setting cutter teeth

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Roscoe
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setting cutter teeth

Post by Roscoe » April 23rd, 2015, 4:29 am

Hi Guys and thanks for all the help. I am not having any luck setting cutters on 2 man saws. This saw is a Simmonds 202 that had been sharpened down to the bridge.
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I removed the bridges and I'm up to setting teeth. So in my first set of teeth I have one that only needs .001 more set. I give it 4 or 5 firm hits and it still needs .001, 4 or 5 more and it still needs .001. I have hit this tooth 30 to 40 times and it hasn't moved. I know that this is not good. Do I have to soften the cutters? This is my hammer and anvil.
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I just bought a 15" long Morrills Apex saw set on ebay. That looks like the one that Jim showed. javascript:; The hammer is right around 16 oz.
What do you guys think?
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Roscoe
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Re: setting cutter teeth

Post by Roscoe » April 23rd, 2015, 4:32 am


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trailcrew
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Re: setting cutter teeth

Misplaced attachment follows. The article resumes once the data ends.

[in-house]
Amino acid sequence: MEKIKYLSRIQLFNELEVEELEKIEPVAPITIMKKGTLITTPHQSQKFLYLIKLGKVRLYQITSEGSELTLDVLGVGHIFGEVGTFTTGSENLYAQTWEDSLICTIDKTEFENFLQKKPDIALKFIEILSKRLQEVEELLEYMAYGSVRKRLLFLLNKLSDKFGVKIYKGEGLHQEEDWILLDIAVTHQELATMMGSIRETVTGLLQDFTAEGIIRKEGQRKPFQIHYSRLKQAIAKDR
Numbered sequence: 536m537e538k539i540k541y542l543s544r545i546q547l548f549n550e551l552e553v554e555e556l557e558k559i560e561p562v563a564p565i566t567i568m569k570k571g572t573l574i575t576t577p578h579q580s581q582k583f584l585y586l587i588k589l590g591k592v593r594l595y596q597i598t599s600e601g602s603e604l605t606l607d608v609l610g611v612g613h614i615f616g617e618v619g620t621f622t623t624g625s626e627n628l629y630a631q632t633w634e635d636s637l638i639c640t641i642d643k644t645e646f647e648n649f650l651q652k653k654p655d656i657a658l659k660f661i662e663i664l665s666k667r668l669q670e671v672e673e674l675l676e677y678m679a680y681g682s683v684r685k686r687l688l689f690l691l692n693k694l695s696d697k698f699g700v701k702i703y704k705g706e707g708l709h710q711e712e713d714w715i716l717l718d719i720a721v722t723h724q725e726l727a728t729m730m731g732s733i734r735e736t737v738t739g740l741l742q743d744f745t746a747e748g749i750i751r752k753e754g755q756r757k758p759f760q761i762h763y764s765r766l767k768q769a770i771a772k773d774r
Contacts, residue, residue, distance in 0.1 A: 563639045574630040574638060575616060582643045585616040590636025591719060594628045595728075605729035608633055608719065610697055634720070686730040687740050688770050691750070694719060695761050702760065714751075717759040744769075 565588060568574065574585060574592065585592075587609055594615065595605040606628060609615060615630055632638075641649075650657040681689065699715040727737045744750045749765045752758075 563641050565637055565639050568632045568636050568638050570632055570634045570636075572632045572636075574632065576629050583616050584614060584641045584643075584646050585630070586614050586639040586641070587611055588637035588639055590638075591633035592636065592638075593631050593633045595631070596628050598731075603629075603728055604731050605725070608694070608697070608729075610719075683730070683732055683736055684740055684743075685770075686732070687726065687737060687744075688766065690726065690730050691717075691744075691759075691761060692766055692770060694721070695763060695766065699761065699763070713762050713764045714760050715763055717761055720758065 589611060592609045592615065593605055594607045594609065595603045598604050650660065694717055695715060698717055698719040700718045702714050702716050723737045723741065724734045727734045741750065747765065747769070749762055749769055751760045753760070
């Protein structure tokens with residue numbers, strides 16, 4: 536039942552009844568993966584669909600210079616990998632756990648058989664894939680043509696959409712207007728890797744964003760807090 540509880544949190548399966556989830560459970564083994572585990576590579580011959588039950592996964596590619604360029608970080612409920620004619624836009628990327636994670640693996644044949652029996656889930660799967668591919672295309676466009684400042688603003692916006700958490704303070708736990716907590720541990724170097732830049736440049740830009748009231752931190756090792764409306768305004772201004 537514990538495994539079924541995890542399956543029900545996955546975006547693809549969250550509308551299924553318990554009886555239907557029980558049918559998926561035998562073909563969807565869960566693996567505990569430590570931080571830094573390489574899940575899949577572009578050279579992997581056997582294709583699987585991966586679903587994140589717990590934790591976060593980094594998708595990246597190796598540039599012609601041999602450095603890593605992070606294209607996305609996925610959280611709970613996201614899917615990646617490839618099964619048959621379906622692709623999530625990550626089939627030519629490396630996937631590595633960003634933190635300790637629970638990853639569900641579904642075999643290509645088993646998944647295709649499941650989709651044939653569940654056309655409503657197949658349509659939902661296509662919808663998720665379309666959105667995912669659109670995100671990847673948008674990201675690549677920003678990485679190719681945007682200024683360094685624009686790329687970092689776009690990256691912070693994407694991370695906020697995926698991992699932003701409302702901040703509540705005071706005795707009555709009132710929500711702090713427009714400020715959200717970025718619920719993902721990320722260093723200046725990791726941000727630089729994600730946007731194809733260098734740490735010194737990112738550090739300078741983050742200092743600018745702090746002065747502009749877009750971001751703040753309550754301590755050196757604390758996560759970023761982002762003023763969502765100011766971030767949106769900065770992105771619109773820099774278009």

Post by trailcrew » April 23rd, 2015, 4:52 am

For me, setting teeth is the most difficult part of the filing process. I never got consistent with a hammer and hand anvil and now the only really reliable way to set teeth for me is with an Anderson #5. They're pricey if you can find one at all.

For hammer setting, a couple suggestions though. Your hammer looks alright for setting, but your anvil looks like it may be on the small side. The filers I've seen who are handy with a hammer and anvil both used heavier chunks of steel. Dolly Chapman I believe uses a head from an old mash hammer, 3 or 4 lbs. Warren Miller used a hunk of steel roughly the same size. In both cases, the setting face was smooth and polished with a slight bevel ground at the top. The 4 lb drilling hammer head I used to use was worked much more effectively once I polished the face and added the bevel, though as per above, it never worked all that effectively for me.